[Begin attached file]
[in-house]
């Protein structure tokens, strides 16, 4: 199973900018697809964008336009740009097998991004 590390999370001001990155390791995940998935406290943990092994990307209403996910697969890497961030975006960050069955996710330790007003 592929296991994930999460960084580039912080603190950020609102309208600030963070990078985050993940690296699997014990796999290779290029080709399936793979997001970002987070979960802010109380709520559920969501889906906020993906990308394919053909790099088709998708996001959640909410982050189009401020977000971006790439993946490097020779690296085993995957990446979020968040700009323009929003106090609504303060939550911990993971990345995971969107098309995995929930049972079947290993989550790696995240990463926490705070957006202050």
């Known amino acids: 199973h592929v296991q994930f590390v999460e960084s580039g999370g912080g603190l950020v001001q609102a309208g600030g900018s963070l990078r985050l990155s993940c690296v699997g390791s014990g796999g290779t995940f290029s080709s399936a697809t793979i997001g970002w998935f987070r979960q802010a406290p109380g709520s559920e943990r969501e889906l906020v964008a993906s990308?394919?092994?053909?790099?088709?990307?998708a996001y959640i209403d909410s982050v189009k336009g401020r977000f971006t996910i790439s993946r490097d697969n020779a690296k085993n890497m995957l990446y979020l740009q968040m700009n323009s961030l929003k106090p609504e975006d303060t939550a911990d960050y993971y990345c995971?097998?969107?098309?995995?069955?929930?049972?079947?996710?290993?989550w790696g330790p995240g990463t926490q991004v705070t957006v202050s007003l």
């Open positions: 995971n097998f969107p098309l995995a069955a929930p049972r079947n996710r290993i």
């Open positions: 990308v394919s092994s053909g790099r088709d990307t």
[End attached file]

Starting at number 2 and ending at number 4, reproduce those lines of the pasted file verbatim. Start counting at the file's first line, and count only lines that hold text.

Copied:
């Protein structure tokens, strides 16, 4: 199973900018697809964008336009740009097998991004 590390999370001001990155390791995940998935406290943990092994990307209403996910697969890497961030975006960050069955996710330790007003 592929296991994930999460960084580039912080603190950020609102309208600030963070990078985050993940690296699997014990796999290779290029080709399936793979997001970002987070979960802010109380709520559920969501889906906020993906990308394919053909790099088709998708996001959640909410982050189009401020977000971006790439993946490097020779690296085993995957990446979020968040700009323009929003106090609504303060939550911990993971990345995971969107098309995995929930049972079947290993989550790696995240990463926490705070957006202050």
């Known amino acids: 199973h592929v296991q994930f590390v999460e960084s580039g999370g912080g603190l950020v001001q609102a309208g600030g900018s963070l990078r985050l990155s993940c690296v699997g390791s014990g796999g290779t995940f290029s080709s399936a697809t793979i997001g970002w998935f987070r979960q802010a406290p109380g709520s559920e943990r969501e889906l906020v964008a993906s990308?394919?092994?053909?790099?088709?990307?998708a996001y959640i209403d909410s982050v189009k336009g401020r977000f971006t996910i790439s993946r490097d697969n020779a690296k085993n890497m995957l990446y979020l740009q968040m700009n323009s961030l929003k106090p609504e975006d303060t939550a911990d960050y993971y990345c995971?097998?969107?098309?995995?069955?929930?049972?079947?996710?290993?989550w790696g330790p995240g990463t926490q991004v705070t957006v202050s007003l």
């Open positions: 995971n097998f969107p098309l995995a069955a929930p049972r079947n996710r290993i």